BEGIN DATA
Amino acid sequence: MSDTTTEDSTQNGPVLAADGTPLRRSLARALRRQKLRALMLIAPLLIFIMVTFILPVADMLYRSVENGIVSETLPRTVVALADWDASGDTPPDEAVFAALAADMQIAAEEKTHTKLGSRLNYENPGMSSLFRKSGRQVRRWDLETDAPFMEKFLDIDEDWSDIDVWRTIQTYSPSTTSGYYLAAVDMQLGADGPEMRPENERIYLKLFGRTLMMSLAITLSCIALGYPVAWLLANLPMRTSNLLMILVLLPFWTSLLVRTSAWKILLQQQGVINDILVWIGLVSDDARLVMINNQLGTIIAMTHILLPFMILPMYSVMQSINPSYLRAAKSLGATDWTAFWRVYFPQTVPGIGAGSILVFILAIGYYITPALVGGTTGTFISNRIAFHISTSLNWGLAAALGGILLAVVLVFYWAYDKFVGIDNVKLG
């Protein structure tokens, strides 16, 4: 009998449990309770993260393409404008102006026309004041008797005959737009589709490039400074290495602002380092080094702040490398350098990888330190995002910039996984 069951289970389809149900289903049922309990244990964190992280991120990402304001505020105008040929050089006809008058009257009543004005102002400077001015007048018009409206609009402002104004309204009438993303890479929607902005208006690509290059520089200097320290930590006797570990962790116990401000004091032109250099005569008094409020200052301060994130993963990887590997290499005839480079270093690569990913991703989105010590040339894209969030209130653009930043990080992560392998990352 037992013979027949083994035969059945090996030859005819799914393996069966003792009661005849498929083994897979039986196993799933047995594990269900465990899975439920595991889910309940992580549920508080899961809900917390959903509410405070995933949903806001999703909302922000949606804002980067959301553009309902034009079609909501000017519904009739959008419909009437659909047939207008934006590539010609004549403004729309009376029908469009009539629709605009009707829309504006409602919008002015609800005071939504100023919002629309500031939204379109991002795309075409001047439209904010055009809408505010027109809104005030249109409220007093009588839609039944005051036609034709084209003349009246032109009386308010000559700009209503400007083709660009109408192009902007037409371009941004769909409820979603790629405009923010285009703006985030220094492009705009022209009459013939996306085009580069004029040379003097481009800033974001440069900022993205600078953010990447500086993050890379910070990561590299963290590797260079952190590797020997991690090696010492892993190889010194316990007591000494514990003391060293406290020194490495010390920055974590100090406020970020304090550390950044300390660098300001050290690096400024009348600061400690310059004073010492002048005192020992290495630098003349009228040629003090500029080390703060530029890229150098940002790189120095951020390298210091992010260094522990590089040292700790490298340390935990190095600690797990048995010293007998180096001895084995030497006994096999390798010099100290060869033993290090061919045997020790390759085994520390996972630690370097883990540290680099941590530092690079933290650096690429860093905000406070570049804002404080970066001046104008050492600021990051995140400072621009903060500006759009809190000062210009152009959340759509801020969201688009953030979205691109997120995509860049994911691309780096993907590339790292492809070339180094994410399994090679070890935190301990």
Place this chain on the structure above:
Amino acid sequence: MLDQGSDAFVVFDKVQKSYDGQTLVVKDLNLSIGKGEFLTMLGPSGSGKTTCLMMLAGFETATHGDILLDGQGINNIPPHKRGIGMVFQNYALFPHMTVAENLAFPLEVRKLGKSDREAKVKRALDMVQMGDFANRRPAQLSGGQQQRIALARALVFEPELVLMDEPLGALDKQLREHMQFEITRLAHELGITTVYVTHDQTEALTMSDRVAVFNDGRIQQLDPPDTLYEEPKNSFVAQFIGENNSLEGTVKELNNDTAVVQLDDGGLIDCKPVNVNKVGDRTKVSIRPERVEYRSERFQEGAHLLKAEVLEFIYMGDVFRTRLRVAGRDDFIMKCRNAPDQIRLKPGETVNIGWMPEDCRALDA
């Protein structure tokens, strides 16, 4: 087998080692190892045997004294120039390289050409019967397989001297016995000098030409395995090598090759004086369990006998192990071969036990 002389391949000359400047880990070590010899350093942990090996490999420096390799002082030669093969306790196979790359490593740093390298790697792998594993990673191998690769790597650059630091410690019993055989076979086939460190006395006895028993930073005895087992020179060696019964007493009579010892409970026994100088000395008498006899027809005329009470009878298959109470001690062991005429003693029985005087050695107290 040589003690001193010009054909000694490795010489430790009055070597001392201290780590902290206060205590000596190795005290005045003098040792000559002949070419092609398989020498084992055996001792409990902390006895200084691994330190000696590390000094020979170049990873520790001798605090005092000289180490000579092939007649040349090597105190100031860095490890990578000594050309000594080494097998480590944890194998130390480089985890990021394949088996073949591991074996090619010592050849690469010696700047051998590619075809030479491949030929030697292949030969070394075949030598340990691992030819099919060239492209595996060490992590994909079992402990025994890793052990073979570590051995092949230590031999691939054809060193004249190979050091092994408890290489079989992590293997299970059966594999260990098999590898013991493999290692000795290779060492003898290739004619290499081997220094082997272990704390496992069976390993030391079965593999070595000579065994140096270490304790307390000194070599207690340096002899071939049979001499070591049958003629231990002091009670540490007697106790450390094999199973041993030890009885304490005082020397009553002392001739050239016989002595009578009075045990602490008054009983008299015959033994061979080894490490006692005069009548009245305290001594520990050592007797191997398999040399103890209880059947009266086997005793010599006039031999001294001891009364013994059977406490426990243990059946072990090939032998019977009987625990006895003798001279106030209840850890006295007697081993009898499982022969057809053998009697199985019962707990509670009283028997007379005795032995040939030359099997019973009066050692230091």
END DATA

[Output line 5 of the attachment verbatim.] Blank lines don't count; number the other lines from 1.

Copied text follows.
């Protein structure tokens, strides 16, 4: 087998080692190892045997004294120039390289050409019967397989001297016995000098030409395995090598090759004086369990006998192990071969036990 002389391949000359400047880990070590010899350093942990090996490999420096390799002082030669093969306790196979790359490593740093390298790697792998594993990673191998690769790597650059630091410690019993055989076979086939460190006395006895028993930073005895087992020179060696019964007493009579010892409970026994100088000395008498006899027809005329009470009878298959109470001690062991005429003693029985005087050695107290 040589003690001193010009054909000694490795010489430790009055070597001392201290780590902290206060205590000596190795005290005045003098040792000559002949070419092609398989020498084992055996001792409990902390006895200084691994330190000696590390000094020979170049990873520790001798605090005092000289180490000579092939007649040349090597105190100031860095490890990578000594050309000594080494097998480590944890194998130390480089985890990021394949088996073949591991074996090619010592050849690469010696700047051998590619075809030479491949030929030697292949030969070394075949030598340990691992030819099919060239492209595996060490992590994909079992402990025994890793052990073979570590051995092949230590031999691939054809060193004249190979050091092994408890290489079989992590293997299970059966594999260990098999590898013991493999290692000795290779060492003898290739004619290499081997220094082997272990704390496992069976390993030391079965593999070595000579065994140096270490304790307390000194070599207690340096002899071939049979001499070591049958003629231990002091009670540490007697106790450390094999199973041993030890009885304490005082020397009553002392001739050239016989002595009578009075045990602490008054009983008299015959033994061979080894490490006692005069009548009245305290001594520990050592007797191997398999040399103890209880059947009266086997005793010599006039031999001294001891009364013994059977406490426990243990059946072990090939032998019977009987625990006895003798001279106030209840850890006295007697081993009898499982022969057809053998009697199985019962707990509670009283028997007379005795032995040939030359099997019973009066050692230091």